Johns Hopkins Gazette | December 15, 2008
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The newspaper of The Johns Hopkins University December 15, 2008 | Vol. 38 No. 15
In Brief


Graveside remembrance of Mr. Hopkins to be held Dec. 24

Everything that Johns Hopkins University and Johns Hopkins Health System accomplish for the world has sprung from the clear vision and remarkable generosity of just one man.

The annual observance in honor of that man — Mr. Johns Hopkins — will take place at his grave in Green Mount Cemetery in Baltimore at 10 a.m. on Wednesday, Dec. 24. That day is the 135th anniversary of his death. All are invited.

Mr. Hopkins left $7 million in his will to establish a university and hospital, two small organizations that nevertheless revolutionized higher education and health care and evolved into the worldwide Johns Hopkins Institutions we know today.

The brief informal Christmas Eve ceremony, arranged by university Vice President and Secretary Emeritus Ross Jones, will include remembrances of Mr. Hopkins and a wreath laying.

To reach the gravesite, enter the cemetery at the main gate along Greenmount Avenue, about five blocks south of North Avenue; drive straight up the hill and park near the crest. For more information, contact Dennis O'Shea at or 443-287-9900.


Group to present agenda for improving Baltimore schools

A group of university researchers, community members and city school leaders known as the Baltimore Education Research Consortium will present its agenda for improving student performance and lowering the dropout rate at a public meeting on Tuesday, Dec. 16.

Educational research scientists from Johns Hopkins and Morgan State universities, as well as Andres Alonso, CEO of Baltimore City Public Schools, will discuss the short- and long-term goals of their partnership, which aims to conduct and disseminate strategic data analysis and research for the benefit of children and families of Baltimore. Over the next three years, BERC will conduct eight projects to identify school and classroom practices that equip students for success at the elementary, middle grades and high school levels.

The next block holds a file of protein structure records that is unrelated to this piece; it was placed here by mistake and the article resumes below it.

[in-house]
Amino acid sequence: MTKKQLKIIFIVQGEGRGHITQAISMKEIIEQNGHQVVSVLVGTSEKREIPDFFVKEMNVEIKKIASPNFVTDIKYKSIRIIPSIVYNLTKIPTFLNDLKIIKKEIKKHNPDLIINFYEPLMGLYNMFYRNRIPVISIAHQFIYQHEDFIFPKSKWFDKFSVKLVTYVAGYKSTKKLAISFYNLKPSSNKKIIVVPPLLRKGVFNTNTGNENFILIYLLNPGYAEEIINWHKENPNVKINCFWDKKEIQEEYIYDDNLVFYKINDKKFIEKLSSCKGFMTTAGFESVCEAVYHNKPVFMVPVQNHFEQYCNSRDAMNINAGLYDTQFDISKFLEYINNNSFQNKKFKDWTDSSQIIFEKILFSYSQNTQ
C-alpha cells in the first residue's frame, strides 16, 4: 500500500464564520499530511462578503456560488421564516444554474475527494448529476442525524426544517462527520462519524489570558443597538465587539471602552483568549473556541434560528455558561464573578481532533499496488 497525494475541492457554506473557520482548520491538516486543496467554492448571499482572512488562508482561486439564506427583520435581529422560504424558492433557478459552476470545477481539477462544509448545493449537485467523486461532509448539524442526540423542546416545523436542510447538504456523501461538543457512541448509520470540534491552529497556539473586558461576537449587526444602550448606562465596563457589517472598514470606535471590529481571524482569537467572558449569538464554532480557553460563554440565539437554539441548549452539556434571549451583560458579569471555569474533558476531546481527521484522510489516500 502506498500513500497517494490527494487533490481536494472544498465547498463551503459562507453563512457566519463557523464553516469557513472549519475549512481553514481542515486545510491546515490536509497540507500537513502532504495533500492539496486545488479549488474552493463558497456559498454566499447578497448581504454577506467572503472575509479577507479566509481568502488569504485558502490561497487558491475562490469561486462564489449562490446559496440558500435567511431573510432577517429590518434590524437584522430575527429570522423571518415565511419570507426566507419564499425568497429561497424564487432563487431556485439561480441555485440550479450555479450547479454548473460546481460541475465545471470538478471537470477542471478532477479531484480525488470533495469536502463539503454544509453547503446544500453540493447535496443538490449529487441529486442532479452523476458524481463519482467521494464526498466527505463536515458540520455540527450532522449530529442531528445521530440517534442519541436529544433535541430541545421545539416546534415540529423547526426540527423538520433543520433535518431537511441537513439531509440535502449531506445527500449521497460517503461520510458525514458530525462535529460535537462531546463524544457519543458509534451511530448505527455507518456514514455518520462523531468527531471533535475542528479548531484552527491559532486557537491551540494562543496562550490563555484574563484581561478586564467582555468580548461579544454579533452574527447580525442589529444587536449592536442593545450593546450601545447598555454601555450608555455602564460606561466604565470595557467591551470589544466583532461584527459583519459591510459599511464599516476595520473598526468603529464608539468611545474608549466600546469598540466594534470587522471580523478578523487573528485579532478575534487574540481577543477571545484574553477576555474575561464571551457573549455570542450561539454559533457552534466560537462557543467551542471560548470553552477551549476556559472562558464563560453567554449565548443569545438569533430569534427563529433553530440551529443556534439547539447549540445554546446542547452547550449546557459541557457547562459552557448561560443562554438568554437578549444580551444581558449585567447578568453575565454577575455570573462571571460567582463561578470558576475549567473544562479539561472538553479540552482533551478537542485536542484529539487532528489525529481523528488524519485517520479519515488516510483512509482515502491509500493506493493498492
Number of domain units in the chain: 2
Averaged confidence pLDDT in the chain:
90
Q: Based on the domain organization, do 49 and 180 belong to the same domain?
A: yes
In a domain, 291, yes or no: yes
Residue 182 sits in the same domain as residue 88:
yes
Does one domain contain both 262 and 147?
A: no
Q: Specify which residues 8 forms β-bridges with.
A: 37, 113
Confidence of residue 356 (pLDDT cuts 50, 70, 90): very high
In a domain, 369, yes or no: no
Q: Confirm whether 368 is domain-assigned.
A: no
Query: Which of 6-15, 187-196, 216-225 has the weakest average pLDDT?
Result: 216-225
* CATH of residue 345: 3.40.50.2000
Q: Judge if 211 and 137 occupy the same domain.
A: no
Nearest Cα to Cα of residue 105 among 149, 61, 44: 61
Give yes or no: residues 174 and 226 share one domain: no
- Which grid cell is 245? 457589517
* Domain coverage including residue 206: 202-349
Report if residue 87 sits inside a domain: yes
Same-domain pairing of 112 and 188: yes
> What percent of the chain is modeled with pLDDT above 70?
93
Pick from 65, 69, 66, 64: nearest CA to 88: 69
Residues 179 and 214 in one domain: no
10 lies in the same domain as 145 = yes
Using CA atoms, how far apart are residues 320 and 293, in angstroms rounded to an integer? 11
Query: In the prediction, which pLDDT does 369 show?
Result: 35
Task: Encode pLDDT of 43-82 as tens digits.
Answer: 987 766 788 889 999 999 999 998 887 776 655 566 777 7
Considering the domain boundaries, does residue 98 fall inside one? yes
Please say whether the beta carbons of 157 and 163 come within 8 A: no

The program will be led by BERC co-directors Stephen Plank of Johns Hopkins and Obed Norman of Morgan State.

The meeting will take place from 8:30 to 9:30 a.m. in Room 210 of the Morgan State University Student Center, 1700 E. Cold Spring Lane. Complimentary parking is available in the MSU garage on Stadium Way.


Krieger, Peabody students collaborate in musical endeavor

About 50 undergraduates in the Krieger School's Introduction to Western Music History class assembled at the Bunting-Meyerhoff Interfaith Center on Saturday, Dec. 6, to hear six world premieres, all with the same title: "Song of the Darkness."

As a concluding assignment, instructor Andrew Talle, chair of the Musicology Department at Peabody, had asked the students to review six musical settings of a poem written by Decker Professor in the Humanities John Irwin, who writes poetry under the pseudonym John Bricuth. The new compositions, by five Peabody graduate students and one 2007 alum, were sung by mezzo-soprano Diane Schaming, a Peabody graduate student. The instrumentation, specified in the commission, was violin, viola, cello (played by Talle) and vibraphone.

The students were not told which of the composers — Jenny Beck, Douglas Buchanan, John Crouch, Ruby Fulton, Lonnie Hevia and Ying-Chen Kao — wrote a particular setting until the votes for the most successful were counted. Crouch, a graduate of Peabody's master of music program now working toward his doctorate, was named the winner of a cash prize at the "awards ceremony" the following Monday.

"John's piece was among the only entries which was recognizably tonal, had memorable melodies and used the violin, viola, cello and vibraphone to create a thick and supple texture," Talle said. He noted that it combined elements of music by Puccini and Brahms with elements of American popular music from the 1920s, appropriate for a poem dedicated to Zelda Fitzgerald.


City gives award to Memory & Alzheimer's Treatment Center

The Johns Hopkins Memory & Alzheimer's Treatment Center recently received the 2008 Barbara Mikulski Award from the Baltimore City Commission on Aging and Retirement Education in recognition of its community involvement.

The Memory Center has worked for five years with the commission to increase community access to care, education and research for Alzheimer's and other memory disorders. In 2008, it hosted several educational programs on the Johns Hopkins Bayview campus, including a research participant appreciation forum and A Journey to Hope, a conference providing information and support to patients and their caregivers.


This issue of 'Gazette' is last for semester; next will be Jan. 5

This is the last issue of The Gazette for the semester; the next issue will appear on Jan. 5. The deadline for calendar and classified submissions for that issue is noon on Friday, Dec. 26.



The Dec. 8 story on snow closings contained an incorrect link for the university's policy on weather-related curtailment of operations. The correct URL is


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